OIC leaders vow to set up humanitarian fund for Afghanistan

Representatives of 57 Islamic countries participate in the two-day meeting as well as delegations in the capacity of observers to discuss the humanitarian situation in Afghanistan

The foreign ministers of the Organisation of Islamic Cooperation (OIC) on Sunday has pledged to set up a humanitarian trust fund to address the growing economic crisis in Afghanistan which has left millions vulnerable to starvation during the winter season.

The fund will be set up under the Islamic Development Bank to channel aid to Afghanistan in coordination with other groups, Pakistan’s Foreign Minister Shah Mahmood Qureshi told a news conference.

Qureshi said the worsening crisis could lead to mass hunger, an influx of refugees and a resurgence in terrorism.

“We cannot ignore the danger of complete economic meltdown,” he told the gathering, which also included Taliban foreign minister Amir Khan Muttaqi alongside delegates from the United States, China, Russia, the European Union and United Nations.


In turn, the Saudi Foreign Minister, Faisal bin Farhan Al Saud, said, in a speech at the session, that the Kingdom “recognizes that the economic collapse and deterioration of living conditions in Afghanistan will not only be a human tragedy but will lead to more instability and pose a threat to peace.”

The Saudi minister expressed his hope that the outcomes of the meeting would contribute to providing the immediate humanitarian response to the Afghan people through pledges of donor countries and the proposed mechanisms such as the establishment of a humanitarian trust fund for Afghanistan under the supervision of the Islamic Development Bank.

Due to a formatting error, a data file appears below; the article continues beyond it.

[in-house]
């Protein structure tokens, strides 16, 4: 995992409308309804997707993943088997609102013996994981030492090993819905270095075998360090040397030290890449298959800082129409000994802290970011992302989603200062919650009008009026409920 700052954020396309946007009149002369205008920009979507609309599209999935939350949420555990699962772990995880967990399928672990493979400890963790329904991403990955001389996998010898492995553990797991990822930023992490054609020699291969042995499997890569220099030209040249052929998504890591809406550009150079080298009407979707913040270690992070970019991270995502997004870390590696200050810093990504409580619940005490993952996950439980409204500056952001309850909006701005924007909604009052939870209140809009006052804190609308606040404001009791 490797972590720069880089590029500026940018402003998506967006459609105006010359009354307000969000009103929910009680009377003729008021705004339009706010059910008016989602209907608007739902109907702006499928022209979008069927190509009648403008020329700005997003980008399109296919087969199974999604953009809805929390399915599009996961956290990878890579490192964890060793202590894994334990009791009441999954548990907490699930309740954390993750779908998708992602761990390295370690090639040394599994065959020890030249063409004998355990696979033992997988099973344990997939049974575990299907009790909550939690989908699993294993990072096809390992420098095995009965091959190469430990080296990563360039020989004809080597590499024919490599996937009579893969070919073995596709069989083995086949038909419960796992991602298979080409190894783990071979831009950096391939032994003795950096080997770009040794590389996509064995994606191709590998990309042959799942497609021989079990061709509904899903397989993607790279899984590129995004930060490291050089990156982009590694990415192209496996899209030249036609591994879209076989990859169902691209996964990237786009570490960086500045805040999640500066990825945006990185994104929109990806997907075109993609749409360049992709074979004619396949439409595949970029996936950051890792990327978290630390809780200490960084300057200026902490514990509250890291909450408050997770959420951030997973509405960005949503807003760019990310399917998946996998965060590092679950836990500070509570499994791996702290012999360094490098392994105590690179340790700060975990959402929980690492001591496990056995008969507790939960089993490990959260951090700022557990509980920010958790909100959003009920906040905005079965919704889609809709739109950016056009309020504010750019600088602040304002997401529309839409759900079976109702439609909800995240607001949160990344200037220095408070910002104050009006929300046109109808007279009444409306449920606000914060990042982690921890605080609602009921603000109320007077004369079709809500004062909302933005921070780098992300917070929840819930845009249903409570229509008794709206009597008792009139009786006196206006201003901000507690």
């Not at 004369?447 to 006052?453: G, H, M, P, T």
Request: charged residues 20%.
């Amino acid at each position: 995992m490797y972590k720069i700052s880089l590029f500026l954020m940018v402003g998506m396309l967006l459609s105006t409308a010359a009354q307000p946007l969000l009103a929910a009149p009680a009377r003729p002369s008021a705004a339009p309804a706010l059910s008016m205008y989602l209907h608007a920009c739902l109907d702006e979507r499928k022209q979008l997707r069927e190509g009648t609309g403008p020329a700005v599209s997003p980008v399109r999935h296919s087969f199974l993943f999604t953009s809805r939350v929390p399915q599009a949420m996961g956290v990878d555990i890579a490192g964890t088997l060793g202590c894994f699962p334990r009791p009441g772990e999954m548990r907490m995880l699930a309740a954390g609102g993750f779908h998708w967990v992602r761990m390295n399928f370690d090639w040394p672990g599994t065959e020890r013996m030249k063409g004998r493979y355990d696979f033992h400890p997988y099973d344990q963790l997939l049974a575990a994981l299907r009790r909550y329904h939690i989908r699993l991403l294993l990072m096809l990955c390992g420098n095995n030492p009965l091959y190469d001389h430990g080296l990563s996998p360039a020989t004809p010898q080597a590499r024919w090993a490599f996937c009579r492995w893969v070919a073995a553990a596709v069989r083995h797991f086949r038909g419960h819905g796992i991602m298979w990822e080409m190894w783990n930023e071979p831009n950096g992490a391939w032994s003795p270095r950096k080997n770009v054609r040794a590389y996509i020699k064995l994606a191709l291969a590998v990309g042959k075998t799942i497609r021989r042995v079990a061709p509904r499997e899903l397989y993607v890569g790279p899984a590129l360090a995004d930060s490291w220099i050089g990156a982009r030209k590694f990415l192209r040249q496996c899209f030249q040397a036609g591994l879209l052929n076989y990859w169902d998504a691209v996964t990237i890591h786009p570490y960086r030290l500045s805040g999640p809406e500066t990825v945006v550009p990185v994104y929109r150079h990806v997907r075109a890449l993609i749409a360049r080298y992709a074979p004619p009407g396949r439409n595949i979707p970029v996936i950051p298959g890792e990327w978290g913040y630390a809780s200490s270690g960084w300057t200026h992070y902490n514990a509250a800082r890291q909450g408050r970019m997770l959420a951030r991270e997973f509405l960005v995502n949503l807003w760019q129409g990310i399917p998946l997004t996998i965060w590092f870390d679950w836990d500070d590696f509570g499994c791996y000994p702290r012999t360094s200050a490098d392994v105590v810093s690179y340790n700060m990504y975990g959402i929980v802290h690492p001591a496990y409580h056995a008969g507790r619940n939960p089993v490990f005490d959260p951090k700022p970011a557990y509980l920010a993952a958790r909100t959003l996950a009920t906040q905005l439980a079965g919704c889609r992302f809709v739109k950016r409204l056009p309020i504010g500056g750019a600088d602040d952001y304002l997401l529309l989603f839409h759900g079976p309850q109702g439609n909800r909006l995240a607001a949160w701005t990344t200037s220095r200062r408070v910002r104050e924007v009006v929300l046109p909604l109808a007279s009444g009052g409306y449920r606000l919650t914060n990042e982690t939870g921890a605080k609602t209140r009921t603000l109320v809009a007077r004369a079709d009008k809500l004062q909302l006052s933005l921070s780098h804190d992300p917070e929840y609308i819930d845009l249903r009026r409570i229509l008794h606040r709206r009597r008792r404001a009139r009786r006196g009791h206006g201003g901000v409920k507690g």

In response to a question, Secretary-General of the Organization of Islamic Cooperation, Hussein Ibrahim Taha, clarified that no amounts have been pledged so far to the OIC’s humanitarian fund. According to United Nations estimates, about 60 per cent of Afghanistan’s 38 million people are facing “hunger crisis levels” that are getting worse “every day”.

United Nations’ undersecretary-General on Humanitarian Affairs Martin Griffiths was also present at the OIC meeting and warned that Afghanistan’s economy was “now in free fall”.

“If we don’t act decisively and with compassion, I fear this fall will pull the entire population with it,” he said in his remarks.

The meeting called on the international community to provide urgent and sustained humanitarian aid to Afghanistan as well as to the main countries housing Afghan refugees.

It decided that the Organization of the Islamic Conference would play a leading role in providing humanitarian and development assistance to the people of Afghanistan.

The Pakistani capital, Islamabad, witnessed the launch of the 17th Extraordinary Session of the Council of Foreign Ministers of the Organization of Islamic Cooperation on Afghanistan.

Representatives of 57 Islamic countries participate in the two-day meeting as well as delegations in the capacity of observers to discuss the humanitarian situation in Afghanistan, according to Pakistani media.

The meeting of the Organization of Islamic Cooperation is the first major conference on Afghanistan since the Taliban took control of the country in August 2021.

The meeting is being held under tight security with Islamabad closed and surrounded by barbed wire fences and roadblocks for shipping containers where police and soldiers stand guard.

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